Originally posted by jaguarsky
When in history class they teach that most of the founding fathers owned slaves are they teaching slavery in a positive light.
teach that accurately or in-depth, either. It's mentioned in passing, often with the conclusion being drawn that slave owners were white racists.
Mostly by the students, mind you, but the teachers don't correct it.
How about the massacre of Native American tribes to make the way west
It depends on which school system you're in--you've had to have notable Indians die/resist before it's more than a textbook
footnote. I was taught about Custer's last stand when in Iowa because it wasn't far from where we lived. Down in Louisiana, they give you tickets
to the after school powwow and say nothing.
Does that teach that genocide is a good thing?
Rarely get to Hitler, so I never got to see
how they were going to take overt Genocide.
Just because a subject is discussed does not make the exercise biased one way or the other. Its
How many classes read Huckleberry Fin anymore?
Really, I've been in Iowa and Louisiana school systems, as different as night and day, and what little of these issues are addressed, are minimal.
There is not enough in-depth study of anything, in all honesty, just a bunch of sound bites and the teacher's favorite passions. Oh--and teaching to
Banned book list
But hey, its Georgia. Sorry, I know all Georgians aren't' cretins, but hey, you guys keep letting the mouth breathers get all the press.
. Georgia's in the limelight right
now, but in all honesty, it goes on in every state, across all political, racial, and economic borders.
Originally posted by RedGod
More importantly though....what's so wrong with polygamy?
Those who keep dragging the issue back to this thought are making the issue too
simple. Is there anything about the merits or lack thereof in polygamy that is so imperative to teach a 7th grader? Not really. If we don't want
lifestyles forced on kids, we shouldn't even bring them up and let them figure out what they want. If we want certain lifestyles addressed as being
preferential, then we educate. The problem is that the law is preferential--don't make a corporation out of marriage. Could the purpose of this
paper have been accomplished without bringing up something that is illegal in the US? Absolutely. So, it's rather pointless to make this a 7th grade
Originally posted by FlyingSpaghettiMonster
reply to post by Afterthought
That's it really. This erroneous idea that Islam mentioned in isolation taints an argument, making it propaganda. That Islam automatically needs to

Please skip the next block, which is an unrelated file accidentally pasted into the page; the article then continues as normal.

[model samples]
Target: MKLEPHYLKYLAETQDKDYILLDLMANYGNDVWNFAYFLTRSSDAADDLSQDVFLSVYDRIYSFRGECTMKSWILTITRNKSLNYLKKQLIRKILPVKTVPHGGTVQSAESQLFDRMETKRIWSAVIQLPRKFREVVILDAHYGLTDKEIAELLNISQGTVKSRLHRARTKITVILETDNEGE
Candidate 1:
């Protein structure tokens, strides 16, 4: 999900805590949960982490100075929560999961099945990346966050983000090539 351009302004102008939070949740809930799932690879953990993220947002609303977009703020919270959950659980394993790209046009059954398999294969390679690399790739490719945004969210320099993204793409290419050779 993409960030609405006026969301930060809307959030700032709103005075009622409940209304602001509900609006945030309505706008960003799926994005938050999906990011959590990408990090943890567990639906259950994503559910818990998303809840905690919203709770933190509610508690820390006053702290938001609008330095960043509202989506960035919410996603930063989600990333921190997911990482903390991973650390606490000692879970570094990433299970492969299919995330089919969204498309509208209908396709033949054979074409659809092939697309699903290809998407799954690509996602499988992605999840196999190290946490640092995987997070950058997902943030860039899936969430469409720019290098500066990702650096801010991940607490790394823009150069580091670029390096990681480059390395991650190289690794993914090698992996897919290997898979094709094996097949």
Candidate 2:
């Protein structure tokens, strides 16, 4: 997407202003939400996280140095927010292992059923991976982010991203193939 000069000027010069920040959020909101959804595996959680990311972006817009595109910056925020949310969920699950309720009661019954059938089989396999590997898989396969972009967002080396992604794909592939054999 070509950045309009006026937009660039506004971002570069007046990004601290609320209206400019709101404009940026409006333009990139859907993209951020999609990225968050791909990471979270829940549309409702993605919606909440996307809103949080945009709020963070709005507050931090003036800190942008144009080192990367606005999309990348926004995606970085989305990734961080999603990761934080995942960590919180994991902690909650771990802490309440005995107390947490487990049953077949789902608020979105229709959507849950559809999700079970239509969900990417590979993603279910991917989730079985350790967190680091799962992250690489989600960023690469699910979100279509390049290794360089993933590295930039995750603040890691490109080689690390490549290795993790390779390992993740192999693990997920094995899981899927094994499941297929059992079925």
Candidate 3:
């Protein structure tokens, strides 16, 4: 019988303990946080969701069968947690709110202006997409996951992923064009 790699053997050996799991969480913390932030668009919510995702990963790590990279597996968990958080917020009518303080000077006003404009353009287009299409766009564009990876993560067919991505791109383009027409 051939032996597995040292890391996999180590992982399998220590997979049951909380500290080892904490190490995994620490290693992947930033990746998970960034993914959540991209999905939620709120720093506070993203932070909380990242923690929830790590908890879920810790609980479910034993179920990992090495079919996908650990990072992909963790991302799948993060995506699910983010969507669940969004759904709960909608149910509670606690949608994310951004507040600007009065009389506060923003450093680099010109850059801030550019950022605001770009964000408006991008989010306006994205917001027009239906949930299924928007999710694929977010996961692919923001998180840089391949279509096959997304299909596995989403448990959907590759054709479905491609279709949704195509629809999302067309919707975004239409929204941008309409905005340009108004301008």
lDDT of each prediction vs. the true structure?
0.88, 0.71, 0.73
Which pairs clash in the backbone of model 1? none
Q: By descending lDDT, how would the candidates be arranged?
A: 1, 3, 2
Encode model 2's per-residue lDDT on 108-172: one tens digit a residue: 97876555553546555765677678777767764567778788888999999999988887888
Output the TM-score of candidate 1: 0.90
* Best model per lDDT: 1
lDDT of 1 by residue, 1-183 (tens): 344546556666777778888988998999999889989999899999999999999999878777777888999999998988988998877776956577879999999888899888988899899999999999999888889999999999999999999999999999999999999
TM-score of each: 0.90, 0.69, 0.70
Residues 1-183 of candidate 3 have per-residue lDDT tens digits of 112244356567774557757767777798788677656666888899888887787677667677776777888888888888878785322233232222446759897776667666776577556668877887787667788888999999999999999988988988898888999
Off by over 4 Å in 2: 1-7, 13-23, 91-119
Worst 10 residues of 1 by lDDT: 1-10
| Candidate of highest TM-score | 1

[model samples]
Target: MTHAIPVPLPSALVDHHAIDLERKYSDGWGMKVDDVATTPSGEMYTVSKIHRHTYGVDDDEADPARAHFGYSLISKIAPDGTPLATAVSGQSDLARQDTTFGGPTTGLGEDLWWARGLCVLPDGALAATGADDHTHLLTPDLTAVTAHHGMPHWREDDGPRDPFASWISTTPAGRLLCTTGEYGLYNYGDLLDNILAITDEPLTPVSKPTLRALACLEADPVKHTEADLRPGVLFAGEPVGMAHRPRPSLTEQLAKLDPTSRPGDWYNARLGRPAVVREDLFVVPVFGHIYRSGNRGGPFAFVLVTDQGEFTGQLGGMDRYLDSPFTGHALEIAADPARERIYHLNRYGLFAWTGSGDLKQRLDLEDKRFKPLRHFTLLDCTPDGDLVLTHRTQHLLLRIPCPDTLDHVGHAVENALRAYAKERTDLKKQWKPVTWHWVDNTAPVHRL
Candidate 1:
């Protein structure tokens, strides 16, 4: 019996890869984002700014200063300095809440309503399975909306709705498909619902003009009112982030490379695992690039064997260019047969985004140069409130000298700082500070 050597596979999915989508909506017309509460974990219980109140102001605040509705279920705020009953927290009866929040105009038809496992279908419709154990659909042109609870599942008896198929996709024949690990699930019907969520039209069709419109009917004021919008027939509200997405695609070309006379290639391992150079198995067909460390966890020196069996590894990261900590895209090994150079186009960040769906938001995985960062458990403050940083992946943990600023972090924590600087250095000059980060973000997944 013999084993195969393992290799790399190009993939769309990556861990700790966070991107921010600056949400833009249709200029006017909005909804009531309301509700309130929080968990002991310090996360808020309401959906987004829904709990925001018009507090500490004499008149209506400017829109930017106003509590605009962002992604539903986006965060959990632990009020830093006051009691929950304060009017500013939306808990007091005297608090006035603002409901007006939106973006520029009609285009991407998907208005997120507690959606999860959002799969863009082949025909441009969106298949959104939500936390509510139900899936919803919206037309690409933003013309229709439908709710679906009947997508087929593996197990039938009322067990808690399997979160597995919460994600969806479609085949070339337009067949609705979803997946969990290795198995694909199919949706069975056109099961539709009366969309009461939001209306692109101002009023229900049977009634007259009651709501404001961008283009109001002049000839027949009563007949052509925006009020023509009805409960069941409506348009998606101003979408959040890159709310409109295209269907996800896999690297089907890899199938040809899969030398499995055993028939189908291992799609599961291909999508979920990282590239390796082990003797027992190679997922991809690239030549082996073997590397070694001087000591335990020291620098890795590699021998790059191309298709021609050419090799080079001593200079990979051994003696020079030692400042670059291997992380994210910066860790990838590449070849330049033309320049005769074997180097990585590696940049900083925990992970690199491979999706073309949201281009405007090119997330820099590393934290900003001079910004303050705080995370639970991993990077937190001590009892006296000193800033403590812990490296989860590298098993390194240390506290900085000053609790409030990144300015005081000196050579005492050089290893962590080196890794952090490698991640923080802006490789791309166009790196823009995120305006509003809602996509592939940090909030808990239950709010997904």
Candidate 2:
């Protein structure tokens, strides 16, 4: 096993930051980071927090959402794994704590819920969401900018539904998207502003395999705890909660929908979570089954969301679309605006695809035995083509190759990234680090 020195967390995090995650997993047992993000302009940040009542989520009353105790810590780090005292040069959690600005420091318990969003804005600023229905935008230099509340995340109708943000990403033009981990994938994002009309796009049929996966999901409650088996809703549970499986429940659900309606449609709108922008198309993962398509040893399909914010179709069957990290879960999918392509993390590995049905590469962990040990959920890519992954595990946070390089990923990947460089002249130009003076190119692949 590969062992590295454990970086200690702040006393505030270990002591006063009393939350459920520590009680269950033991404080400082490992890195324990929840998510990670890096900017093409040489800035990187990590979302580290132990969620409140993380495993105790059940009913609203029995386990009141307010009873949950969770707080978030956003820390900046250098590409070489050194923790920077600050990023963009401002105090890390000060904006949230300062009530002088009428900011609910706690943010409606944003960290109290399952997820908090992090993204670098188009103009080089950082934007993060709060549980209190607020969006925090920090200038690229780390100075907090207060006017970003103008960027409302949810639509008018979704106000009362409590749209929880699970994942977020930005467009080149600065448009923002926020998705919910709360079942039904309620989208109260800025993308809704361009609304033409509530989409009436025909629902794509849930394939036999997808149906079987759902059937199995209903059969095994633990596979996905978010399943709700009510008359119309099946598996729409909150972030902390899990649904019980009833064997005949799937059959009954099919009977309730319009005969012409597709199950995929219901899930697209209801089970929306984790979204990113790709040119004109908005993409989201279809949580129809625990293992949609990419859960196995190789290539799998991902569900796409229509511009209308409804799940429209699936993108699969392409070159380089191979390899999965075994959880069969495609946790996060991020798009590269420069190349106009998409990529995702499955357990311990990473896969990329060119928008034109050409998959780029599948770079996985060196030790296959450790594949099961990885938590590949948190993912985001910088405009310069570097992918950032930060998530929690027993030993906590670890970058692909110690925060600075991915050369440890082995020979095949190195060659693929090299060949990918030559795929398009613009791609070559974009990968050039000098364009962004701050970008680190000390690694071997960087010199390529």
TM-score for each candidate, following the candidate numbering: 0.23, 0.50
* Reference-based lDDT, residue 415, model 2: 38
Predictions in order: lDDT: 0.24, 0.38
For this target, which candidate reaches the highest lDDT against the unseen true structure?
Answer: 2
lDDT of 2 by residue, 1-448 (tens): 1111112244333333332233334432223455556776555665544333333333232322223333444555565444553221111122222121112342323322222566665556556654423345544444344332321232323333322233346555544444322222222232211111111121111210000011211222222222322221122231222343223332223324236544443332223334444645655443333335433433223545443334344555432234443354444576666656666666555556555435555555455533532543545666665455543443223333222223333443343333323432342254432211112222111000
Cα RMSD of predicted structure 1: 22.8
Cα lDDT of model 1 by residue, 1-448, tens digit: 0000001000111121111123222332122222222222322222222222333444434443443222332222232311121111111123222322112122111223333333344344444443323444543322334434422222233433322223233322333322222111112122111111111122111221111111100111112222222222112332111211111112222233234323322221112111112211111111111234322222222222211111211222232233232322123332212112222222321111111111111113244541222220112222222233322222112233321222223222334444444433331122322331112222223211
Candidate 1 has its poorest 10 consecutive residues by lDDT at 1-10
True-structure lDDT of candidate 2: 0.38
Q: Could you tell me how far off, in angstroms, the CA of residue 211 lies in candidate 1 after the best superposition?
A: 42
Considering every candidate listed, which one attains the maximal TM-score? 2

be 'balanced' with information about other faiths, lest our vulnerable children are brainwashed. Would the same be said of a document using an
example from the Bible? I doubt it. Not in the USA at least. Certainly it seems, not in Georgia.
Yet this same thing we MUST NOT DO to Islam
because it taints an argument is EXACTLY how other faith's ideology is treated.
The only counter to this is: "Well, Chriistianity (specifically) had it's turn. We're combating the Christian toehold!" We fine and dandy. The
problem is that if you don't give the same restrictions to 1 that you give to the other is that in the future, since Islam is taught unchecked, or
unbalanced, is that we're ensuring our future generations are not well-rounded in their education. There is nothing right about that. And this is
not even the end issue:
Not that I care if people are Muslims, but if you teach a whole generation that the things they believe are acceptable, culturally, then when it comes
time to question "Why am I here?" they'll have the scientific answer of "You're a cosmic accident; nothing planned you," and the equally
accepted "Allah Created you, and wants you!". In one, you're automatically acceptable and special because you were made acceptable and special.
The other? Doesn't care who you are, and doesn't care when you leave. We're a social creature with a need to belong, and we're impressionable.
People are going to pick up this faith, due to their exposure. Not all, and probably not even most.
Now. Did anyone notice that I gave the same reasoning that's given for keeping Christianity out of the schools? I'm a Christian, I want more in my
faith. I want to be seen as being in an acceptable faith--so why would I deny this of others?